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Society has rightly focused on the Triple Aim-improving population health, enhancing patient experience and reducing costs-as a framework for optimizing the performance of health systems in the U.S. Unfortunately, the administrative burden created in the pursuit of those aims is creating physician dissatisfaction and frustration. As a result, the achievement of those goals is being imperiled rather than facilitated.
Dr. Gerald MaccioliSociety has rightly focused on the Triple Aim-improving population health, enhancing patient experience and reducing costs-as a framework for optimizing the performance of health systems in the U.S. Unfortunately, the administrative burden created in the pursuit of those aims is creating physician dissatisfaction and frustration. As a result, the achievement of those goals is being imperiled rather than facilitated.
Physicians are central to patients’ healthcare experiences, including care quality and cost and patient satisfaction. There is ample evidence of a correlation between high levels of physician satisfaction and high-functioning practices, and between physician burnout and lower patient satisfaction, worse outcomes and potentially higher costs. That’s why solving the physician burnout problem is essential to achieving the goals of the Triple Aim framework. It’s also why, as the chief quality officer for one of the country’s largest multispecialty physician services companies, I’m a vocal proponent of the Quadruple Aim, i.e., expanding the Triple Aim to include a focus on improving physicians’ work life and satisfaction.
A 2015 survey published in the Mayo Clinic Proceedings found that 54% of physicians reported at least one burnout symptom: loss of enthusiasm for work, feelings of cynicism and/or low sense of personal accomplishment. A 2014 Physicians Foundation’s report found that 81% of doctors surveyed described themselves as either overextended or at full capacity; 44% planned to cut back on patients seen, retire, work part-time, close their practice to new patients or seek non-clinical jobs; and 29% said they would not choose medicine if they could do over their choice of careers.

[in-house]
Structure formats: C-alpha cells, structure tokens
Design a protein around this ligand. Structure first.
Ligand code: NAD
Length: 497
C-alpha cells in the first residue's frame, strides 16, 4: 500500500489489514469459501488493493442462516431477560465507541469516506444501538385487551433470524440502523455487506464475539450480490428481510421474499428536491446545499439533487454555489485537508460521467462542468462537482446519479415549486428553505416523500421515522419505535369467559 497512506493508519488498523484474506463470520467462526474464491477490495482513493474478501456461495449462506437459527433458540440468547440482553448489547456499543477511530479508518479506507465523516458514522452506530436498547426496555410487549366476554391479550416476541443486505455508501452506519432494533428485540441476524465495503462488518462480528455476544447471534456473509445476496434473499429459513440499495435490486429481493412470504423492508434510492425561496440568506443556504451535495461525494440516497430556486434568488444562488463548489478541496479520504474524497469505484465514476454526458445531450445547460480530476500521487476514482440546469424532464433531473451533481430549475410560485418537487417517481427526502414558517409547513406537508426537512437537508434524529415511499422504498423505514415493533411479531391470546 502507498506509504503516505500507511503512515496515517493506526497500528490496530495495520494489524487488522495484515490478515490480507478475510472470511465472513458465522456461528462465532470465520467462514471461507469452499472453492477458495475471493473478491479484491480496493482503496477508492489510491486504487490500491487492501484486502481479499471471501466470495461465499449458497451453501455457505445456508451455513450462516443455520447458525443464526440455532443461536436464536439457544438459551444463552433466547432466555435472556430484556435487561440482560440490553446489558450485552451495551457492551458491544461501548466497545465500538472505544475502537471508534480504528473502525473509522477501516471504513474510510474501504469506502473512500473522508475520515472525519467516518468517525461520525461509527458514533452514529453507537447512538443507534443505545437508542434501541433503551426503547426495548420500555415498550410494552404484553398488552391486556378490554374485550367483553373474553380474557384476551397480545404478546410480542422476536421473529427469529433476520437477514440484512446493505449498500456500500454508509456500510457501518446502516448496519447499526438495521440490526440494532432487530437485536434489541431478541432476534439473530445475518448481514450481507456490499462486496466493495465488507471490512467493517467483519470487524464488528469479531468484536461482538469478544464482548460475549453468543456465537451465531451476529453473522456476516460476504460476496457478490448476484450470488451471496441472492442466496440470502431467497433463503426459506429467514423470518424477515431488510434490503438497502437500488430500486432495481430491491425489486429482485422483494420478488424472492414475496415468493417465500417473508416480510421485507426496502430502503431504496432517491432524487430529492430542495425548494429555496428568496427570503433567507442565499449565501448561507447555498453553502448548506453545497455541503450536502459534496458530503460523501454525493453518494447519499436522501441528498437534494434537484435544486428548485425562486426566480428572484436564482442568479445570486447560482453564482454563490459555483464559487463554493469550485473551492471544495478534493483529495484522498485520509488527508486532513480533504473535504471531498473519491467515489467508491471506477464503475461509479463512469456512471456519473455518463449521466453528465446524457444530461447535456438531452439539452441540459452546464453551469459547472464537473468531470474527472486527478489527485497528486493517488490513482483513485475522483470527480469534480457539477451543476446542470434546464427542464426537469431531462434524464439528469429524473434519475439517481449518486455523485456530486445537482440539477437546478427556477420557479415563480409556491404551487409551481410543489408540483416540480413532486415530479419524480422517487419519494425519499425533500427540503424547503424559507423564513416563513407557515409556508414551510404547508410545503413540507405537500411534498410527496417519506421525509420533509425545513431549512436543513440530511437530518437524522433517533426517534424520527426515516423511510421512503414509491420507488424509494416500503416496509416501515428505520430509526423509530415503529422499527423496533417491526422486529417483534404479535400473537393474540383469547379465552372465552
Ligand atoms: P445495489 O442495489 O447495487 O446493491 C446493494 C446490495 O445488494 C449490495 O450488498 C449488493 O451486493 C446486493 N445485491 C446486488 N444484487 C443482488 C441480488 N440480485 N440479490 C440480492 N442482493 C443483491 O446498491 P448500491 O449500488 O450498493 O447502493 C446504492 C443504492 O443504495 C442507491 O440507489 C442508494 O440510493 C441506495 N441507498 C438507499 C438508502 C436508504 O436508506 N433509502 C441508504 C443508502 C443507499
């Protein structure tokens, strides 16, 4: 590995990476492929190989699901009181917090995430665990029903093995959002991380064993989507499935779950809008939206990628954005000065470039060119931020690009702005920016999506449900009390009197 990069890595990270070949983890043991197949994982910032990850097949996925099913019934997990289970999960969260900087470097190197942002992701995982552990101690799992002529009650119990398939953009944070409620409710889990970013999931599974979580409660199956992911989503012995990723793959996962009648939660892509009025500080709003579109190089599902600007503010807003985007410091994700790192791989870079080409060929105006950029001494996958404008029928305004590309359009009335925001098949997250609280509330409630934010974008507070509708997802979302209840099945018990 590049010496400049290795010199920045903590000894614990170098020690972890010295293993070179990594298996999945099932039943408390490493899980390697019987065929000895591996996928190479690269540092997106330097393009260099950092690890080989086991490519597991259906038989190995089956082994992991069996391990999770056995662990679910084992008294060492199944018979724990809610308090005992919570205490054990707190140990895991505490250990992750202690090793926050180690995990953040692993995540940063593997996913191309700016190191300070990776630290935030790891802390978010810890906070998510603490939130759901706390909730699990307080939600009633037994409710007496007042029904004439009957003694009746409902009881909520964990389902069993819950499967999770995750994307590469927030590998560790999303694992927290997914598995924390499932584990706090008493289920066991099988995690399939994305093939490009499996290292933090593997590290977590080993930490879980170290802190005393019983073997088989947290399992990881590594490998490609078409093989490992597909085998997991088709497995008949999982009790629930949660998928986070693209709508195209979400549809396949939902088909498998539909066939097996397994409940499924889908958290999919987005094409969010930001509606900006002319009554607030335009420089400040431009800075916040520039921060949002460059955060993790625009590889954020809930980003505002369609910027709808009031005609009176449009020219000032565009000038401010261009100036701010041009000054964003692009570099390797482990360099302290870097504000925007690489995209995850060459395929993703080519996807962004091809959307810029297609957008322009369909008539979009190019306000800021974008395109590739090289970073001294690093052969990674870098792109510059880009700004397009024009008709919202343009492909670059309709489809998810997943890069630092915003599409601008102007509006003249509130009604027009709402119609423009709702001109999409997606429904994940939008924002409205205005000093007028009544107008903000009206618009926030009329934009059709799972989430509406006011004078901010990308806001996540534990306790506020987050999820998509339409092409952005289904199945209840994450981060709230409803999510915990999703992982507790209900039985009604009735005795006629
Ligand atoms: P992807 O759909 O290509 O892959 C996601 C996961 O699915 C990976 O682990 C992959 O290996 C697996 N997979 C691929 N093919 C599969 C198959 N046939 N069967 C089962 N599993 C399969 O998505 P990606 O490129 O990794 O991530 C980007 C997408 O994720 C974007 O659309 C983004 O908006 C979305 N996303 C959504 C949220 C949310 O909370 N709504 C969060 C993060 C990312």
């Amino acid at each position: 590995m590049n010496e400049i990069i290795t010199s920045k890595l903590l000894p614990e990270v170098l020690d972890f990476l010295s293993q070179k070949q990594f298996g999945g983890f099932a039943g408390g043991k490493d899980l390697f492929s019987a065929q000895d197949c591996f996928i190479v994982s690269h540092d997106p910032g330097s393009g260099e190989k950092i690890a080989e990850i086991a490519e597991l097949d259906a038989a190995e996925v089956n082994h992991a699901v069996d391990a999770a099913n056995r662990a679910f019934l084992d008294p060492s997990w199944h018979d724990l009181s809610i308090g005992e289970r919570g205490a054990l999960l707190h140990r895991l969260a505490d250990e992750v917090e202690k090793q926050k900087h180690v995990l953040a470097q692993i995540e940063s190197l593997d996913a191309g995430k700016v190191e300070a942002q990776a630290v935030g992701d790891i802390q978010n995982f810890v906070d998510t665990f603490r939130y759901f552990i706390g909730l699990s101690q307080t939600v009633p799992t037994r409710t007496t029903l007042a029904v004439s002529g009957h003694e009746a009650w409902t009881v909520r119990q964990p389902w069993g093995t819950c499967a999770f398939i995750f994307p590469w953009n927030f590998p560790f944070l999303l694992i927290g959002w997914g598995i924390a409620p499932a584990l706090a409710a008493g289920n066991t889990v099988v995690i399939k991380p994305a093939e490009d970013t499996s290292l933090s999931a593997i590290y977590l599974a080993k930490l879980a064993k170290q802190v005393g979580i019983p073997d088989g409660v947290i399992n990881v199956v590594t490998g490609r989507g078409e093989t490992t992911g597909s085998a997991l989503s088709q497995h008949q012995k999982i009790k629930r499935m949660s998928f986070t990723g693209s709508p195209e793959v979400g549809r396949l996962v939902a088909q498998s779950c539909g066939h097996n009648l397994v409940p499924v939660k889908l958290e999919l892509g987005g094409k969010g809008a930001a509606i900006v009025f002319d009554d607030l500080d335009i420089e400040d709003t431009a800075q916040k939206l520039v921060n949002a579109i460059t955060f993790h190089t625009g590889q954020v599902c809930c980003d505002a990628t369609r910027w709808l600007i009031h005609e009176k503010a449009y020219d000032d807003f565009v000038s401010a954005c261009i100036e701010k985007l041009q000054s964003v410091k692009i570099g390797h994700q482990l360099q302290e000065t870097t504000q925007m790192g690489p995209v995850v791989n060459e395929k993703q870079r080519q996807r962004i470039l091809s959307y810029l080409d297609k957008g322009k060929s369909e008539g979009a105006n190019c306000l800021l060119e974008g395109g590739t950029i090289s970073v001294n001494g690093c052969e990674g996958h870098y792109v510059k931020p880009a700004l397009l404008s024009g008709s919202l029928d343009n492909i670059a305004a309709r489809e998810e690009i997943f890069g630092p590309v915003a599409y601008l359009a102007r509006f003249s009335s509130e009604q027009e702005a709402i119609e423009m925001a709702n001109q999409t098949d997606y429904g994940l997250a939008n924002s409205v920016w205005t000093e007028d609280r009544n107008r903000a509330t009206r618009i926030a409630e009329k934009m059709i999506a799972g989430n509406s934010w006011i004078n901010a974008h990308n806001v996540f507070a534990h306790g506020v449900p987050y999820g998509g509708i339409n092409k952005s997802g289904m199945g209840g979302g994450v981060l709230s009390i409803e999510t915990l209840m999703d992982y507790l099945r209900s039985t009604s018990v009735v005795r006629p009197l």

This alarming-and rapidly growing-physician burnout rate is fueled by the overwhelming cumulative burden of data collection to comply with externally imposed requirements. There are more than 500 state quality measures in total, and only 20% crossover among states and medical specialties. Individual insurers and even health organizations often require their own metrics as well. This lack of standardization creates an almost unbearable administrative burden for doctors.
In February, the Centers for Medicare and Medicaid Services and the America’s Health Insurance Plans trade group finally reached consensus on how to measure physician quality in seven medical areas. This is an important first step in trying to standardize quality metrics, but even these initial ratings are far from comprehensive and won’t go into effect for years. The smaller the provider, the greater the burden of compliance with government and carrier regulations and rules. The number of private practices is steadily declining, and doctors increasingly are joining health systems, hospitals or large physician services companies as a refuge from these daunting administrative and legal requirements.
Organizations that ignore the Quadruple Aim will be at a competitive disadvantage, not only in achieving their goals within the Triple Aim framework, but also in attracting and retaining the qualified doctors they need to help them achieve those goals.
Winston Churchill said “Healthy citizens are the greatest asset any country can have.” If he were alive today, I think he would have said “Engaged physicians are the greatest asset any country can have.”
Gerald Maccioli, MD, is a board-certified anesthesiologist, chief quality officer for Sheridan Healthcare in Fort Lauderdale, Florida, and a member of the American Medical Association’s Committee on Practice Sustainability and Professional Satisfaction.